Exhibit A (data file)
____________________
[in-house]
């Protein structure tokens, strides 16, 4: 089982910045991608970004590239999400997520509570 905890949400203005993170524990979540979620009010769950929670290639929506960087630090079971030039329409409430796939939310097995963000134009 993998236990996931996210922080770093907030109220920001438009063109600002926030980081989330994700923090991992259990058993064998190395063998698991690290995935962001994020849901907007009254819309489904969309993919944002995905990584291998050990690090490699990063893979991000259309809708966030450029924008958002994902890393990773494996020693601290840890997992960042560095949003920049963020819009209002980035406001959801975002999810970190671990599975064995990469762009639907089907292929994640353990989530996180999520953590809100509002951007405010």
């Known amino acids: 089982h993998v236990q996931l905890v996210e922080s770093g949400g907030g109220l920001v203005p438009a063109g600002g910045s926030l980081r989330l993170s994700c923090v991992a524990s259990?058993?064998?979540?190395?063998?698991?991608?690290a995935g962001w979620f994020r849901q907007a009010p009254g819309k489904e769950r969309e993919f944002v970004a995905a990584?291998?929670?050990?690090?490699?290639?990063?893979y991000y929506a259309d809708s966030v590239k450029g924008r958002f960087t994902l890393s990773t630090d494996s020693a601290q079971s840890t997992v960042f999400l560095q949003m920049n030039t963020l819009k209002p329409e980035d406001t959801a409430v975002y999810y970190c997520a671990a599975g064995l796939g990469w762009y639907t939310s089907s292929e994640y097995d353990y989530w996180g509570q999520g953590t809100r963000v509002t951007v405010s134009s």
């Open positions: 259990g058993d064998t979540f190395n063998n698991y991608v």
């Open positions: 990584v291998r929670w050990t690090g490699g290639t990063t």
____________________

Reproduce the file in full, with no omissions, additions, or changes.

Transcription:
[in-house]
């Protein structure tokens, strides 16, 4: 089982910045991608970004590239999400997520509570 905890949400203005993170524990979540979620009010769950929670290639929506960087630090079971030039329409409430796939939310097995963000134009 993998236990996931996210922080770093907030109220920001438009063109600002926030980081989330994700923090991992259990058993064998190395063998698991690290995935962001994020849901907007009254819309489904969309993919944002995905990584291998050990690090490699990063893979991000259309809708966030450029924008958002994902890393990773494996020693601290840890997992960042560095949003920049963020819009209002980035406001959801975002999810970190671990599975064995990469762009639907089907292929994640353990989530996180999520953590809100509002951007405010």
């Known amino acids: 089982h993998v236990q996931l905890v996210e922080s770093g949400g907030g109220l920001v203005p438009a063109g600002g910045s926030l980081r989330l993170s994700c923090v991992a524990s259990?058993?064998?979540?190395?063998?698991?991608?690290a995935g962001w979620f994020r849901q907007a009010p009254g819309k489904e769950r969309e993919f944002v970004a995905a990584?291998?929670?050990?690090?490699?290639?990063?893979y991000y929506a259309d809708s966030v590239k450029g924008r958002f960087t994902l890393s990773t630090d494996s020693a601290q079971s840890t997992v960042f999400l560095q949003m920049n030039t963020l819009k209002p329409e980035d406001t959801a409430v975002y999810y970190c997520a671990a599975g064995l796939g990469w762009y639907t939310s089907s292929e994640y097995d353990y989530w996180g509570q999520g953590t809100r963000v509002t951007v405010s134009s």
């Open positions: 259990g058993d064998t979540f190395n063998n698991y991608v």
């Open positions: 990584v291998r929670w050990t690090g490699g290639t990063t």